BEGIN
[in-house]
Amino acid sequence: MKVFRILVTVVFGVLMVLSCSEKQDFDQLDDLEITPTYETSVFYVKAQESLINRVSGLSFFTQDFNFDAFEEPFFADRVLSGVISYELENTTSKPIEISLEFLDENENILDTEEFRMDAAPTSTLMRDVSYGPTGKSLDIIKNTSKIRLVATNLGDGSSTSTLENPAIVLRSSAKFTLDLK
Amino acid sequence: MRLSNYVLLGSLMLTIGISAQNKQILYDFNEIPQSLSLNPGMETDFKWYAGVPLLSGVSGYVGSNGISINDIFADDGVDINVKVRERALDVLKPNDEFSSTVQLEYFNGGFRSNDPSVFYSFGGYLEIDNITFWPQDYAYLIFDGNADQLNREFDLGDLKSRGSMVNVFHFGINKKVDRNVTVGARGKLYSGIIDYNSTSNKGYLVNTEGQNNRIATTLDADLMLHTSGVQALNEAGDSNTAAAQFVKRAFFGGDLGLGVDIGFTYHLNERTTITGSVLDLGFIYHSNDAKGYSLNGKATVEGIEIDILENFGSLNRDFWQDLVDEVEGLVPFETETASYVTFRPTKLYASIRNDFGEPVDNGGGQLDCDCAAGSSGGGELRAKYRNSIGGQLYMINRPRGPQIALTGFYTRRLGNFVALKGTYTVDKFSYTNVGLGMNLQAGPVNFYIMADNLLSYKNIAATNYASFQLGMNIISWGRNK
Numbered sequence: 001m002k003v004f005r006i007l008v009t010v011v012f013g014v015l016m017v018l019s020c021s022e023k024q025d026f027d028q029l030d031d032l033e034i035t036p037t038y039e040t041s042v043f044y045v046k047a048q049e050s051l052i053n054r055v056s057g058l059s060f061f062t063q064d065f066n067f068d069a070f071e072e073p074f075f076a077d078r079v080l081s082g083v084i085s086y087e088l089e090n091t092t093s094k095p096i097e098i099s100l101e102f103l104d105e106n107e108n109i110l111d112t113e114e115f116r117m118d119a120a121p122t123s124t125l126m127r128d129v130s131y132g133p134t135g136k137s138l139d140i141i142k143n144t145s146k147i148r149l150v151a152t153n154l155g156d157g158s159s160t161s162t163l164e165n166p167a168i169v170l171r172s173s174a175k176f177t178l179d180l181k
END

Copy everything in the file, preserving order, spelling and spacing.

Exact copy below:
[in-house]
Amino acid sequence: MKVFRILVTVVFGVLMVLSCSEKQDFDQLDDLEITPTYETSVFYVKAQESLINRVSGLSFFTQDFNFDAFEEPFFADRVLSGVISYELENTTSKPIEISLEFLDENENILDTEEFRMDAAPTSTLMRDVSYGPTGKSLDIIKNTSKIRLVATNLGDGSSTSTLENPAIVLRSSAKFTLDLK
Amino acid sequence: MRLSNYVLLGSLMLTIGISAQNKQILYDFNEIPQSLSLNPGMETDFKWYAGVPLLSGVSGYVGSNGISINDIFADDGVDINVKVRERALDVLKPNDEFSSTVQLEYFNGGFRSNDPSVFYSFGGYLEIDNITFWPQDYAYLIFDGNADQLNREFDLGDLKSRGSMVNVFHFGINKKVDRNVTVGARGKLYSGIIDYNSTSNKGYLVNTEGQNNRIATTLDADLMLHTSGVQALNEAGDSNTAAAQFVKRAFFGGDLGLGVDIGFTYHLNERTTITGSVLDLGFIYHSNDAKGYSLNGKATVEGIEIDILENFGSLNRDFWQDLVDEVEGLVPFETETASYVTFRPTKLYASIRNDFGEPVDNGGGQLDCDCAAGSSGGGELRAKYRNSIGGQLYMINRPRGPQIALTGFYTRRLGNFVALKGTYTVDKFSYTNVGLGMNLQAGPVNFYIMADNLLSYKNIAATNYASFQLGMNIISWGRNK
Numbered sequence: 001m002k003v004f005r006i007l008v009t010v011v012f013g014v015l016m017v018l019s020c021s022e023k024q025d026f027d028q029l030d031d032l033e034i035t036p037t038y039e040t041s042v043f044y045v046k047a048q049e050s051l052i053n054r055v056s057g058l059s060f061f062t063q064d065f066n067f068d069a070f071e072e073p074f075f076a077d078r079v080l081s082g083v084i085s086y087e088l089e090n091t092t093s094k095p096i097e098i099s100l101e102f103l104d105e106n107e108n109i110l111d112t113e114e115f116r117m118d119a120a121p122t123s124t125l126m127r128d129v130s131y132g133p134t135g136k137s138l139d140i141i142k143n144t145s146k147i148r149l150v151a152t153n154l155g156d157g158s159s160t161s162t163l164e165n166p167a168i169v170l171r172s173s174a175k176f177t178l179d180l181k